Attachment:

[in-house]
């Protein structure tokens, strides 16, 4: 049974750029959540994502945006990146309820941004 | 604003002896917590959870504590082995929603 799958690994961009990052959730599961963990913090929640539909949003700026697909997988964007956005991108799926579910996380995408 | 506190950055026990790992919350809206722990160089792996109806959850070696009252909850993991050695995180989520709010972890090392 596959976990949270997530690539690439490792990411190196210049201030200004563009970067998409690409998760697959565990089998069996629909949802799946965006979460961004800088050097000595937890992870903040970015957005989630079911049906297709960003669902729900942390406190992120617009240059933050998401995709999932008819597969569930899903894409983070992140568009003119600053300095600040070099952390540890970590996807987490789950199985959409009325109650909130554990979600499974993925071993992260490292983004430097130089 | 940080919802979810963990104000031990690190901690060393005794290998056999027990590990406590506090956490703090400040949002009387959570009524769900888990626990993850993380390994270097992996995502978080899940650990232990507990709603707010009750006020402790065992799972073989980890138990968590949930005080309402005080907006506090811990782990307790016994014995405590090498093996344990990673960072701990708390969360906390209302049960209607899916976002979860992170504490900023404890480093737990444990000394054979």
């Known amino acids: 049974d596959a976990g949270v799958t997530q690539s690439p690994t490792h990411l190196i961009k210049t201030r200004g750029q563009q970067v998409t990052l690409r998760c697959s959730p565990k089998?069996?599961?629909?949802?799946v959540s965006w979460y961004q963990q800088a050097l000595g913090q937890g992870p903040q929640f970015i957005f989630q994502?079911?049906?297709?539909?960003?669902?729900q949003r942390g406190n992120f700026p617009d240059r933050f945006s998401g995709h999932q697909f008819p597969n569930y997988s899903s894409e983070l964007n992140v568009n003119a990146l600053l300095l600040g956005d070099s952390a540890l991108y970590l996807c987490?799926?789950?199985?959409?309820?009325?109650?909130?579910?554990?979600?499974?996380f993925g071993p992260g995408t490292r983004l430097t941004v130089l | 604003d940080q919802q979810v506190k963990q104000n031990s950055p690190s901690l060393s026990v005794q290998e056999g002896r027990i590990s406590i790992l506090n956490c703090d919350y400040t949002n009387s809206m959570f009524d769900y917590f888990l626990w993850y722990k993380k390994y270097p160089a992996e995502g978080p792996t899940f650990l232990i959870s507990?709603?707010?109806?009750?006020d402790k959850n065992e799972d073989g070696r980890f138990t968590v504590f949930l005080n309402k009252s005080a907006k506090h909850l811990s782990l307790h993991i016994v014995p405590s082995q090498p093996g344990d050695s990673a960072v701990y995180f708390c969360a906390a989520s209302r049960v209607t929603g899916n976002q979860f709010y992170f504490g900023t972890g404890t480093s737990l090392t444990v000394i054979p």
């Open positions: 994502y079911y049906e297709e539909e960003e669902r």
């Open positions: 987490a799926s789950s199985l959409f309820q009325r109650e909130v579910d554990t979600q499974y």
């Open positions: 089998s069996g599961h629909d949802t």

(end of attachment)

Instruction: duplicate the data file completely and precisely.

[in-house]
């Protein structure tokens, strides 16, 4: 049974750029959540994502945006990146309820941004 | 604003002896917590959870504590082995929603 799958690994961009990052959730599961963990913090929640539909949003700026697909997988964007956005991108799926579910996380995408 | 506190950055026990790992919350809206722990160089792996109806959850070696009252909850993991050695995180989520709010972890090392 596959976990949270997530690539690439490792990411190196210049201030200004563009970067998409690409998760697959565990089998069996629909949802799946965006979460961004800088050097000595937890992870903040970015957005989630079911049906297709960003669902729900942390406190992120617009240059933050998401995709999932008819597969569930899903894409983070992140568009003119600053300095600040070099952390540890970590996807987490789950199985959409009325109650909130554990979600499974993925071993992260490292983004430097130089 | 940080919802979810963990104000031990690190901690060393005794290998056999027990590990406590506090956490703090400040949002009387959570009524769900888990626990993850993380390994270097992996995502978080899940650990232990507990709603707010009750006020402790065992799972073989980890138990968590949930005080309402005080907006506090811990782990307790016994014995405590090498093996344990990673960072701990708390969360906390209302049960209607899916976002979860992170504490900023404890480093737990444990000394054979």
């Known amino acids: 049974d596959a976990g949270v799958t997530q690539s690439p690994t490792h990411l190196i961009k210049t201030r200004g750029q563009q970067v998409t990052l690409r998760c697959s959730p565990k089998?069996?599961?629909?949802?799946v959540s965006w979460y961004q963990q800088a050097l000595g913090q937890g992870p903040q929640f970015i957005f989630q994502?079911?049906?297709?539909?960003?669902?729900q949003r942390g406190n992120f700026p617009d240059r933050f945006s998401g995709h999932q697909f008819p597969n569930y997988s899903s894409e983070l964007n992140v568009n003119a990146l600053l300095l600040g956005d070099s952390a540890l991108y970590l996807c987490?799926?789950?199985?959409?309820?009325?109650?909130?579910?554990?979600?499974?996380f993925g071993p992260g995408t490292r983004l430097t941004v130089l | 604003d940080q919802q979810v506190k963990q104000n031990s950055p690190s901690l060393s026990v005794q290998e056999g002896r027990i590990s406590i790992l506090n956490c703090d919350y400040t949002n009387s809206m959570f009524d769900y917590f888990l626990w993850y722990k993380k390994y270097p160089a992996e995502g978080p792996t899940f650990l232990i959870s507990?709603?707010?109806?009750?006020d402790k959850n065992e799972d073989g070696r980890f138990t968590v504590f949930l005080n309402k009252s005080a907006k506090h909850l811990s782990l307790h993991i016994v014995p405590s082995q090498p093996g344990d050695s990673a960072v701990y995180f708390c969360a906390a989520s209302r049960v209607t929603g899916n976002q979860f709010y992170f504490g900023t972890g404890t480093s737990l090392t444990v000394i054979p």
């Open positions: 994502y079911y049906e297709e539909e960003e669902r």
């Open positions: 987490a799926s789950s199985l959409f309820q009325r109650e909130v579910d554990t979600q499974y």
């Open positions: 089998s069996g599961h629909d949802t």